Z4 rides well.
quick-retracting metal roof provides a genuine all-of-a-piece coupe feel when
raised; small, electrically-operated three-quarter rear windows complete the
coupe look and ambience roof down they also contribute to a bluster-free
35i's cabin is striking likeable not only for its well-crafted
appearance and build quality, but also for the distinctive fascia with its classic-look
rotary dials and 'striped' carbon pattern brushed satin aluminium trim.
What hasnt changed
is the Z4s smartly-fettled
the lines are the kind
that you wont tire
of looking at, and all the
better for the serious
attention to detail and
fine build quality...
into the sports seat for the first time and spend a few enjoyable minutes power-adjusting
to achieve your ideal driving position: the headrests are integral and boost
shoulder support; there's ten-way seat movement; the seat front extends for
extra under-thigh support; and the seatback bolsters can be closed in or opened
out (electrically, of course) for that perfect body-hugging 'pinch'… then it's
just a press of one of the two memory buttons to save your personalised settings.
of our road-test team suffers from a seriously bad back travelling
in the equally multi-adjustable passenger seat (both seats, incidentally, also
benefit from three-stage heating) she found, even driven along twisty country
lanes, that it stopped the pain.
Roof raised, visibility out is fine, including to the rear, and placing the
wieldy, compactly-proportioned Z4 on the blacktop is never a problem. Roof-down
it's a breeze.
The large display screen serves the full infotainment package, from 3D SatNav
to audio, parking schematics, etc. It slides out and up from the fascia and
when you don't need it, just tap it and it retreats silently from whence it
Cabin kit is comprehensive and includes dual-zone climate control, powered leather
sport seats, powered metal hardtop, four one-shot windows, seat heating, powerfold
door mirrors (on demand and when locking and leaving), auto 'wipes and lites',
front and rear parking sensors, a wind deflector (fitted in seconds between
the roll-over hoops), electric park brake (and yes, it will stop the car in
an emergency), foolproof iDrive driver's interface very similar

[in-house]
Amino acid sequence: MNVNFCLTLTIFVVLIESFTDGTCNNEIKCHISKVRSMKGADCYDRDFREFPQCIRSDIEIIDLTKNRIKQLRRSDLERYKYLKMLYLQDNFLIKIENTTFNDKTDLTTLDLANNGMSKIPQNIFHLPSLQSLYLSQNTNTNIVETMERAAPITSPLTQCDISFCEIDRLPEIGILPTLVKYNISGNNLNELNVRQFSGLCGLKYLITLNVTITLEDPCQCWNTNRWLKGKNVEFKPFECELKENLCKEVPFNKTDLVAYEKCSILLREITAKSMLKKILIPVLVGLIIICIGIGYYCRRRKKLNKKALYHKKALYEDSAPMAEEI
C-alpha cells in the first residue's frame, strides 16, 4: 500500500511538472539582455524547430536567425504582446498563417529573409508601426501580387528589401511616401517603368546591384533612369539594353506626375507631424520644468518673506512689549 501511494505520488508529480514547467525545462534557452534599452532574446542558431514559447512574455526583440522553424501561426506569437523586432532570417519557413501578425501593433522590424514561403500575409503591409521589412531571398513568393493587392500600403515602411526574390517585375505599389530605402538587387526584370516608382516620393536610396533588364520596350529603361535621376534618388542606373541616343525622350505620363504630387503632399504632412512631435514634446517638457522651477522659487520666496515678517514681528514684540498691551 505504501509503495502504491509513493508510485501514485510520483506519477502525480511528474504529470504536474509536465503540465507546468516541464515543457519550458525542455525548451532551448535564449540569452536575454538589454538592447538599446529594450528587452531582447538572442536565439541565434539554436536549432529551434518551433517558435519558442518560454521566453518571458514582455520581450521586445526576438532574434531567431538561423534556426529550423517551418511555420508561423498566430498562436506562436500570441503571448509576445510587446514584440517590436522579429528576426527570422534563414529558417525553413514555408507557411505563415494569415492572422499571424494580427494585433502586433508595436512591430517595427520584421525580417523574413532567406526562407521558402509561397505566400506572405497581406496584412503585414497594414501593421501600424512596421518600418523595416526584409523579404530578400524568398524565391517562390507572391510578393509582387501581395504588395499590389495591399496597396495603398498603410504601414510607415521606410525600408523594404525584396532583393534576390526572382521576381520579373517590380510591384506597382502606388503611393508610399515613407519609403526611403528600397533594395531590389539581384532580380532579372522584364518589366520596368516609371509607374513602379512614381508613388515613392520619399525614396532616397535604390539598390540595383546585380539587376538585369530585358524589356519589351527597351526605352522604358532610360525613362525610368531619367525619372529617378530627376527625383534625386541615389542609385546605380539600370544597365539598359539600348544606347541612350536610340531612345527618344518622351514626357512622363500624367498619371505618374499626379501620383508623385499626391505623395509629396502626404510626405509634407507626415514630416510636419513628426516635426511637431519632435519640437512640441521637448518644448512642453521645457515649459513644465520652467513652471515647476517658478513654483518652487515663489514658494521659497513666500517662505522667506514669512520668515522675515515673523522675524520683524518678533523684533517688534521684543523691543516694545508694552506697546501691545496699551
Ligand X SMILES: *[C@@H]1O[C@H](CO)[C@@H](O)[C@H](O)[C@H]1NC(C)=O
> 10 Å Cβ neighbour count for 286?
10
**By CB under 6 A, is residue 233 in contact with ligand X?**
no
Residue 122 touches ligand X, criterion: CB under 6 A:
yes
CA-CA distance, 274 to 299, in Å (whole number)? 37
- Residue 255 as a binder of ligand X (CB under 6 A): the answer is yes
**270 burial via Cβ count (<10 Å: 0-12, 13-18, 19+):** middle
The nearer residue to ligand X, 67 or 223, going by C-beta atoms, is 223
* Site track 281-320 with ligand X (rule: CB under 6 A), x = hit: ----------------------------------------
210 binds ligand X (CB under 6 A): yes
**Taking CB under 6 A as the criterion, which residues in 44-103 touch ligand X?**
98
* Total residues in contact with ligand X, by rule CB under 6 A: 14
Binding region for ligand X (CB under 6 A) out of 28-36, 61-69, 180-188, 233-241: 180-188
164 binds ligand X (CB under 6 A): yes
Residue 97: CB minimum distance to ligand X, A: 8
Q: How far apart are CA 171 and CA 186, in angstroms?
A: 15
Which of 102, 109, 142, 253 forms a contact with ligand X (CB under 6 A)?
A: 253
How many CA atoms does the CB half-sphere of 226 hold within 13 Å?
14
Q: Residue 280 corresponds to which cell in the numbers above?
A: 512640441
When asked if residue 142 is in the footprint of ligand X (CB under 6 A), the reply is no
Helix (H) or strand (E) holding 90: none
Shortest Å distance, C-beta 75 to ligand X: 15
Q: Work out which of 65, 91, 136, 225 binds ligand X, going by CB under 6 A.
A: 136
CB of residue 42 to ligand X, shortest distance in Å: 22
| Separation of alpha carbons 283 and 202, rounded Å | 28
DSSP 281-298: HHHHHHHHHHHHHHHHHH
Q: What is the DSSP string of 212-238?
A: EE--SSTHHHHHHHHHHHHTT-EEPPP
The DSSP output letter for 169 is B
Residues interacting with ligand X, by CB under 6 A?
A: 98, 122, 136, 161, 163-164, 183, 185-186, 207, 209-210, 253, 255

to Audi's excellent MMI to manage features and functions via the
screen, push-button Start, auto-dim rear-view mirror, and paddle-shifters on
the multifunction M Sport wheel.
items include all the de rigueur traction and stability driver aids as well
as run-flat tyres along with protective rollover hoops and a host of airbags,
including a pair in the seat headrests specifically designed to keep you safe
in the event of a side-shunt.
Press the switch to
engage Comfort mode
and laid-back long-
distance is what the Z4
does. Even rolling
on 19-inch alloys wrapped in rubber-band
Bridgestones, the 35i
is a genial cruiser thats
relaxing at three-figure
our Z4 was delivered we were in the middle of an extended Christmas and New
Year break that had taken us on a four-wheeled round-robin visiting friends
scattered across the South-East. We'd arrived at our current destination in
a MINI Paceman with its boot and rear cabin packed tight with two sets
shock came a few days after the Z4 arrived and our Paceman had gone back. One
look at the Z4's boot and we were worried one of the party travels
like an old-style Hollywood starlet!
And dedicated two-seater roadsters aren't usually hot on practicality. However,
with the divider that ring-fences the space for the Z4's hardtop to fold into
the boot pushed back, there's actually far more room that you'd think.
with four fairly large hold-alls taking up the centre of the Z4's boot, some
juggling saw everything we'd previously fitted into the Paceman all neatly accommodated.
Admittedly that meant driving roof-up because with the top retracted, boot space
goes down from 310 to 180 litres. Nevertheless, an unexpectedly good result.
Truth to tell, while it is highly entertaining, right foot hard down isn't the
only way to drive a 3.0-litre Z4. Press the switch to engage Comfort mode and
laid-back long-distance is what it does. Even rolling on the optional 19-inch
alloys shod with rubber-band profile Bridgestones, the 35i is a genial cruiser
that's relaxing at three-figure autobahn speeds.
This latest version of the Z4 offers more of the same, only better; more style,
more gratifying to drive and deliciously more intense. MotorBar
Z4 sDrive 35i M Sport Auto | £44,880
Maximum speed: 155mph | 0-62mph: 5.1 seconds | Average Test MPG: 27.6mpg
Power: 306bhp | Torque: 295lb ft | CO2 210g/km